Re: [PATCH 2/2] input: mt: Document the MT event slot protocol (rev2)

From: Henrik Rydberg
Date: Thu May 20 2010 - 06:40:38 EST

Peter Hutterer wrote:
>>> Will all drivers with ABS_MT_TRACKING_ID use slots? if not, how can I know
>>> in advance if a device may use slots or not?
>> Eventually, this might become true, but you are pointing at one of the weaker
>> points of the current setup. There is no bit field for the EV_SYN events, so
>> there is no way to know in advance if SYN_MT_SYNC or SYN_MT_SLOT is used. This
>> could quite possibly be added to the EVIO interface. Meanwhile, the method I use
>> is to detect the first SYN_MT_SLOT and select parser based on that information.
> I'd really prefer if there was some way to detect this. While I'm not quite
> sure how the matching X drivers would look like it's likely that the setups
> will be different for drivers that support slots and those that don't.
> e.g. those that don't have slots simply send events as valuators, those that
> do may split into multiple devices.
> Doing this at runtime - after the device has been set up is...tricky.

Changing SYN_MT_SLOT to ABS_MT_SLOT will take care of this.

>> If you are thinking of a setup where one program is already hooked up to the
>> device, and a new one comes in just as the message in question appears on the
>> wire, it just means the new program will have to spend some time catching up. If
>> this should ever become a problem, one could possibly add a send-full-state
>> method to the input layer, to be issued when the new program opens the device. I
>> doubt this will be needed in practice though, since contacts change all the time.
> This was the case I was wondering about. While I agree with the last part
> (contacts change all the time) the side-effect that you'll get from this is
> that devices can seemingly be non-responsive for random periods of time.
> If you have a finger down when the X server starts or after a VT switch (or
> even a fast user switch), the driver will have to drop events. So you can
> wriggle your finger around and nothing happens, but once you lift it goes
> "well, now it works again". Since this happens only once in a while, it can
> make the whole lot appear flaky. Especially if one finger works and the
> other one doesn't.
> So I guess it comes down to whether sending SYN_MT_SLOT with every event
> costs too much compared to these admittedly rare use-cases. They're not much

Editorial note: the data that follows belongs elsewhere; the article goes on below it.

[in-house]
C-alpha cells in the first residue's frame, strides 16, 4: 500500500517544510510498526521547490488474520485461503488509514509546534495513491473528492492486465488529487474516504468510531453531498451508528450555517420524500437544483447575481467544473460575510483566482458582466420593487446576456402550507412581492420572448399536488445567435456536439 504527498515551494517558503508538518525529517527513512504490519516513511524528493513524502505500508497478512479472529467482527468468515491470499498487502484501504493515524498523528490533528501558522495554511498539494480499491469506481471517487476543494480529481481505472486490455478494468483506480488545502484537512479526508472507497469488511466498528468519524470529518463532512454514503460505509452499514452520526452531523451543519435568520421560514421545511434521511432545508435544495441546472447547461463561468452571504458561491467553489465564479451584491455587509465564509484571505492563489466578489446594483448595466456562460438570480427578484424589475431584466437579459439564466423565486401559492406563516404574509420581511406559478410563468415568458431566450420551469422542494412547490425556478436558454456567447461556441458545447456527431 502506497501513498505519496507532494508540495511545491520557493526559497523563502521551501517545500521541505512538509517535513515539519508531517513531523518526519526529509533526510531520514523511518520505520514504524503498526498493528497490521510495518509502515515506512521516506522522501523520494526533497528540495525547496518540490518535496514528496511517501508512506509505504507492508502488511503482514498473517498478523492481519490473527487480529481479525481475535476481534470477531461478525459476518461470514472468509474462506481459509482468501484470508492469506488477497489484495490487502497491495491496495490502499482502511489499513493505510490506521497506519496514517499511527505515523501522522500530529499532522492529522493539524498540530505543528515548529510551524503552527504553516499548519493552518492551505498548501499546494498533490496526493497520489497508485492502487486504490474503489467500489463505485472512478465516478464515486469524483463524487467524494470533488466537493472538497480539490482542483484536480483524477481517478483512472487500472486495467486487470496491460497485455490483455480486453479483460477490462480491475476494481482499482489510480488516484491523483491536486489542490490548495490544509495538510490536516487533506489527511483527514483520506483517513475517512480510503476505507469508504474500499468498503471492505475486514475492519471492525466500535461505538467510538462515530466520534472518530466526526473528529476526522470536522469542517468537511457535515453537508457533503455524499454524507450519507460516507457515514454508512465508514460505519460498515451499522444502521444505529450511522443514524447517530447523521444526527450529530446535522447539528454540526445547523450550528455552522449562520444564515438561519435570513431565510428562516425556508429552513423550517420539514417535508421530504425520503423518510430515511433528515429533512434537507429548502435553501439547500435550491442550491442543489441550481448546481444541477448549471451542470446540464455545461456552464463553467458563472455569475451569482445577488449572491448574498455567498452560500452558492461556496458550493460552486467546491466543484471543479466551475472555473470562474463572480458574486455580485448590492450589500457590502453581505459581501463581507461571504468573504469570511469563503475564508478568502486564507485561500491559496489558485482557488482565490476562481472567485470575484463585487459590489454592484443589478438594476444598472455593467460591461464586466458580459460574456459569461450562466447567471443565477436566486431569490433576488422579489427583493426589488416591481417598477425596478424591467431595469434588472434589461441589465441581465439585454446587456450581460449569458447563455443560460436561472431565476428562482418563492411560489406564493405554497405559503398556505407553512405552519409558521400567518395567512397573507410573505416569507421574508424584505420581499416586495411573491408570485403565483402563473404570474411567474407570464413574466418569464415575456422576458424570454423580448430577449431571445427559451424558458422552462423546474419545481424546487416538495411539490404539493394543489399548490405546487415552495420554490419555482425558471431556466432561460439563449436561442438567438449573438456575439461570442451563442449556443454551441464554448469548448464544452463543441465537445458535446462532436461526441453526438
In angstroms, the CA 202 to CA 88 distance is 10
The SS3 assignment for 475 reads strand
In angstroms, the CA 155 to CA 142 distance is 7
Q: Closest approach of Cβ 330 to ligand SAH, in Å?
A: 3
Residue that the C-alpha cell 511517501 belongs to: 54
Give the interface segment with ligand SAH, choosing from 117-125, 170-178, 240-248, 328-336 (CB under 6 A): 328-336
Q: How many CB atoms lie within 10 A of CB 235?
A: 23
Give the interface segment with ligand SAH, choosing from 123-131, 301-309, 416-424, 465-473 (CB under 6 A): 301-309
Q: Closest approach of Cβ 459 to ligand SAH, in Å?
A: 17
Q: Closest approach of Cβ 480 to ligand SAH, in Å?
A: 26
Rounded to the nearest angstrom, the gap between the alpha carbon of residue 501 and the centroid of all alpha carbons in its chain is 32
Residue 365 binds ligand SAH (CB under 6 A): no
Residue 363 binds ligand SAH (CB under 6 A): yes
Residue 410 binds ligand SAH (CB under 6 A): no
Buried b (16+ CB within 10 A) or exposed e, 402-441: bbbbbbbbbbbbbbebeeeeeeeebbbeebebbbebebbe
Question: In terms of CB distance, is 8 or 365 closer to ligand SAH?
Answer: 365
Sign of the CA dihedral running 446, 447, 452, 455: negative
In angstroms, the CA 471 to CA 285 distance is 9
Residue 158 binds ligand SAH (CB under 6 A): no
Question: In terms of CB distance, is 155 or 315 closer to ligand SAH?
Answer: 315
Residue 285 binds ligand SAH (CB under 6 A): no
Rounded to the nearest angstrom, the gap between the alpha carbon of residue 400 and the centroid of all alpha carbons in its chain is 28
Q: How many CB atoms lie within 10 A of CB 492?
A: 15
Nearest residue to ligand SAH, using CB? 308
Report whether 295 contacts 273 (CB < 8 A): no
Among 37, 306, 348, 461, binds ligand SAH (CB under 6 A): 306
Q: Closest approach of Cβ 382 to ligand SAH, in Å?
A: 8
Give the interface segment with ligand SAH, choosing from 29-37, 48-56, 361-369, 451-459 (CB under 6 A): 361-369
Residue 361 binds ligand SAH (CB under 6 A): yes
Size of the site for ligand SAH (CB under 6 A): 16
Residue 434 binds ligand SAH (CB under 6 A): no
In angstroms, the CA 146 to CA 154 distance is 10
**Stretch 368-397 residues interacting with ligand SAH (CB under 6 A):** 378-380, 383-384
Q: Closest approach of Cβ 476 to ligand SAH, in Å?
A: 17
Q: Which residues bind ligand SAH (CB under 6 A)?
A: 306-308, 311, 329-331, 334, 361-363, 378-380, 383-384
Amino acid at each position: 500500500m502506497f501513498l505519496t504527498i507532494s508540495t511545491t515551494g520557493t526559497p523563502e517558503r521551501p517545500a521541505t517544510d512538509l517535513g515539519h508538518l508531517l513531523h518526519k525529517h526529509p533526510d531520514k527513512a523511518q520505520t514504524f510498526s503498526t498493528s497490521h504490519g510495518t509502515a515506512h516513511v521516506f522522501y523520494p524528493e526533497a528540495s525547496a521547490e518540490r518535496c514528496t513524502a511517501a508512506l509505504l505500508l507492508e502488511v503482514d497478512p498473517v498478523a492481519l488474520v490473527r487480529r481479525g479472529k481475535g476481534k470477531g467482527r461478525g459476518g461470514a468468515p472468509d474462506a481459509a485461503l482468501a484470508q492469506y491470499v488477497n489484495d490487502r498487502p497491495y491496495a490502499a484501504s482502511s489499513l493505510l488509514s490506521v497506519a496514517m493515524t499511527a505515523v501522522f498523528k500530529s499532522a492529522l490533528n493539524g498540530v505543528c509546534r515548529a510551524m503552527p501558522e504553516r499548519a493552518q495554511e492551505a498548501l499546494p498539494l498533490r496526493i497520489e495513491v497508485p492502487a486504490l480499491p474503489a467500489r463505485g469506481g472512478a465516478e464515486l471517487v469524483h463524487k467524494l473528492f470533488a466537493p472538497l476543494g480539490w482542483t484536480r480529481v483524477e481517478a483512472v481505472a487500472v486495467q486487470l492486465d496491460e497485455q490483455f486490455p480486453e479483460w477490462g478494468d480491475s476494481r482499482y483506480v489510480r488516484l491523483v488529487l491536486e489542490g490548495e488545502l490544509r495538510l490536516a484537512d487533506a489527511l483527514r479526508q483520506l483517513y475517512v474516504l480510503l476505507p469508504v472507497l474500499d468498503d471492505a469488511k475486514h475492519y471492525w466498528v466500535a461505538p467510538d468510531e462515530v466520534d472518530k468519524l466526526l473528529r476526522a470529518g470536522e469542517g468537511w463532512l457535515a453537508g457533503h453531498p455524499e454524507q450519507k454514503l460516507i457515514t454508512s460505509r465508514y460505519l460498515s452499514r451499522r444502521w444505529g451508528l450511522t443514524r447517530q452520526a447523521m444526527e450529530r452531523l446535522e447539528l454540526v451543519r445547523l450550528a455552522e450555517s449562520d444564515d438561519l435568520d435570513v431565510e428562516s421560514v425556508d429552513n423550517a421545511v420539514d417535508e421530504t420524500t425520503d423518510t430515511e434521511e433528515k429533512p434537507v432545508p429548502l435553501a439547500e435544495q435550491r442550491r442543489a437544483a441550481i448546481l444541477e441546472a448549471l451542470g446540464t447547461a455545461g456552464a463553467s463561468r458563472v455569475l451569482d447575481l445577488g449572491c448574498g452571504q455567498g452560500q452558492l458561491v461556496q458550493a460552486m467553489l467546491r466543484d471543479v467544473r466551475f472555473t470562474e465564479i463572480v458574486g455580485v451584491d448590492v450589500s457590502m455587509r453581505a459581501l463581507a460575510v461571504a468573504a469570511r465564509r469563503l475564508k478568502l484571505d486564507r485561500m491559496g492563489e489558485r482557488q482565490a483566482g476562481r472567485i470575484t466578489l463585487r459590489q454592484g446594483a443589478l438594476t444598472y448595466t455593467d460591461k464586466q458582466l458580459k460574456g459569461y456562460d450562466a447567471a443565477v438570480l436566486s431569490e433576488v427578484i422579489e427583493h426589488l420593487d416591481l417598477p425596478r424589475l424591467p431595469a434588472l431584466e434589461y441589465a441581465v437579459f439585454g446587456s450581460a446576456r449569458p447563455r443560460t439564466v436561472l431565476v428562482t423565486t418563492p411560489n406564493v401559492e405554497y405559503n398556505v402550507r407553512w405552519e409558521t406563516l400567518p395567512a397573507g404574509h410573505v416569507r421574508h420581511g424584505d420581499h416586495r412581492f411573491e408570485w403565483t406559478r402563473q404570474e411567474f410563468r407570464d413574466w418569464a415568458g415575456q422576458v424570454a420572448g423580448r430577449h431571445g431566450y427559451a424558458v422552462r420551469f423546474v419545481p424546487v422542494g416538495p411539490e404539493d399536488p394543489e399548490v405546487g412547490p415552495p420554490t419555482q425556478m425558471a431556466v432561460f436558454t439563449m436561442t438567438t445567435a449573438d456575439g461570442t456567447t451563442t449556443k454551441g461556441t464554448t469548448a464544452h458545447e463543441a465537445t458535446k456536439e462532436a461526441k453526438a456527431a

> different to the current button events either, if you weren't there when a
> button was pressed you won't know. So I'm somewhat indifferent about this
> bit.

Yes, it is a inherent property of the input protocol between the kernel and user
space. A different problem, in other words.

> And yes, you could add it once we find it's an issue, but by then someone
> has already spent time to work around this. And when you then start sending
> slot events all the time, you admit that writing the workaround was just a
> time waster :)

Work around what, exactly?

>> As a side note, the notion of a used slot depends on how the attributes of the
>> slot are interpreted. The method described in the document treats an
>> ABS_MT_TRACKING_ID value outside of the driver-specified value range as an
>> unused slot.
> It's easier for a latecomer to guess a tracking ID since you can just
> assign any random value to it, provided the kernel guarantees to only send
> updates on the tracking ID for changes. This doesn't quite work for slots.
> But I'm not sure what your last sentence means. Does this mean the kernel
> will open a new slot for out-of-range tracking IDs? I'm missing something
> here.

I am referring to the notion of create-move-destroy from earlier discussions,
and the question of how it is implemented using slots. The document is a bit
unclear on this point, so I will add a note stating something like this:

* Every slot with a tracking id within the value range represents a contact.

* Tracking ids not previously present are considered new.

* Tracking ids no longer present are considered removed.


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